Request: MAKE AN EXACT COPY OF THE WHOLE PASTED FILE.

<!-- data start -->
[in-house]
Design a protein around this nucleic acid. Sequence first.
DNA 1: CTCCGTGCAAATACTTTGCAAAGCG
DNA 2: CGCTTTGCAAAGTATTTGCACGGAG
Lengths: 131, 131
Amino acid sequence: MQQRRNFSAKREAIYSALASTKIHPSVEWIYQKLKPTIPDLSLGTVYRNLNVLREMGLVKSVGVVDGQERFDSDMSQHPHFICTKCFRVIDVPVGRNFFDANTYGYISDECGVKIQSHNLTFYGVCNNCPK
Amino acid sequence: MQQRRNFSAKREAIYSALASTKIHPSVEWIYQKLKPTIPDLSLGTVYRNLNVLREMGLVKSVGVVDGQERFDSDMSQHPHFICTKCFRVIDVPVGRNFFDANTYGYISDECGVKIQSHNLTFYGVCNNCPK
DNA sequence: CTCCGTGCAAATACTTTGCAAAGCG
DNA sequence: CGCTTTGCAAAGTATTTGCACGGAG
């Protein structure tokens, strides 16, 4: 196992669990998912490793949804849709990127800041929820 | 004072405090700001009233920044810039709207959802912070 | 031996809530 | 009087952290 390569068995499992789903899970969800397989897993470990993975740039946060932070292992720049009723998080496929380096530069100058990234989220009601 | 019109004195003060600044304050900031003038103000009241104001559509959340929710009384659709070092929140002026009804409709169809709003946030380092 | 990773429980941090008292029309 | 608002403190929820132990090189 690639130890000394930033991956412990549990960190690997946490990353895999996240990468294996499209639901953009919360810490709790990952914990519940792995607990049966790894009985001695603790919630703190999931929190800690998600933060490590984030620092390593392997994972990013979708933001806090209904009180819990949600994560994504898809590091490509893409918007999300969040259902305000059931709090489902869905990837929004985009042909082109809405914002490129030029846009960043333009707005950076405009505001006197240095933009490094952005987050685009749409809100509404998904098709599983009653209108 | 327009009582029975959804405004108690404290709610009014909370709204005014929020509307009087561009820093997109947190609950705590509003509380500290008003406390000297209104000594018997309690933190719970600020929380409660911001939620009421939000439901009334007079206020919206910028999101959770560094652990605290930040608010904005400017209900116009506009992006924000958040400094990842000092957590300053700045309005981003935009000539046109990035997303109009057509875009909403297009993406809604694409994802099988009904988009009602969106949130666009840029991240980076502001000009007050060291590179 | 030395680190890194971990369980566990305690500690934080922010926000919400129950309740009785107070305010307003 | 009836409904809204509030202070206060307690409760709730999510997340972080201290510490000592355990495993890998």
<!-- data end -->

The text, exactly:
[in-house]
Design a protein around this nucleic acid. Sequence first.
DNA 1: CTCCGTGCAAATACTTTGCAAAGCG
DNA 2: CGCTTTGCAAAGTATTTGCACGGAG
Lengths: 131, 131
Amino acid sequence: MQQRRNFSAKREAIYSALASTKIHPSVEWIYQKLKPTIPDLSLGTVYRNLNVLREMGLVKSVGVVDGQERFDSDMSQHPHFICTKCFRVIDVPVGRNFFDANTYGYISDECGVKIQSHNLTFYGVCNNCPK
Amino acid sequence: MQQRRNFSAKREAIYSALASTKIHPSVEWIYQKLKPTIPDLSLGTVYRNLNVLREMGLVKSVGVVDGQERFDSDMSQHPHFICTKCFRVIDVPVGRNFFDANTYGYISDECGVKIQSHNLTFYGVCNNCPK
DNA sequence: CTCCGTGCAAATACTTTGCAAAGCG
DNA sequence: CGCTTTGCAAAGTATTTGCACGGAG
């Protein structure tokens, strides 16, 4: 196992669990998912490793949804849709990127800041929820 | 004072405090700001009233920044810039709207959802912070 | 031996809530 | 009087952290 390569068995499992789903899970969800397989897993470990993975740039946060932070292992720049009723998080496929380096530069100058990234989220009601 | 019109004195003060600044304050900031003038103000009241104001559509959340929710009384659709070092929140002026009804409709169809709003946030380092 | 990773429980941090008292029309 | 608002403190929820132990090189 690639130890000394930033991956412990549990960190690997946490990353895999996240990468294996499209639901953009919360810490709790990952914990519940792995607990049966790894009985001695603790919630703190999931929190800690998600933060490590984030620092390593392997994972990013979708933001806090209904009180819990949600994560994504898809590091490509893409918007999300969040259902305000059931709090489902869905990837929004985009042909082109809405914002490129030029846009960043333009707005950076405009505001006197240095933009490094952005987050685009749409809100509404998904098709599983009653209108 | 327009009582029975959804405004108690404290709610009014909370709204005014929020509307009087561009820093997109947190609950705590509003509380500290008003406390000297209104000594018997309690933190719970600020929380409660911001939620009421939000439901009334007079206020919206910028999101959770560094652990605290930040608010904005400017209900116009506009992006924000958040400094990842000092957590300053700045309005981003935009000539046109990035997303109009057509875009909403297009993406809604694409994802099988009904988009009602969106949130666009840029991240980076502001000009007050060291590179 | 030395680190890194971990369980566990305690500690934080922010926000919400129950309740009785107070305010307003 | 009836409904809204509030202070206060307690409760709730999510997340972080201290510490000592355990495993890998």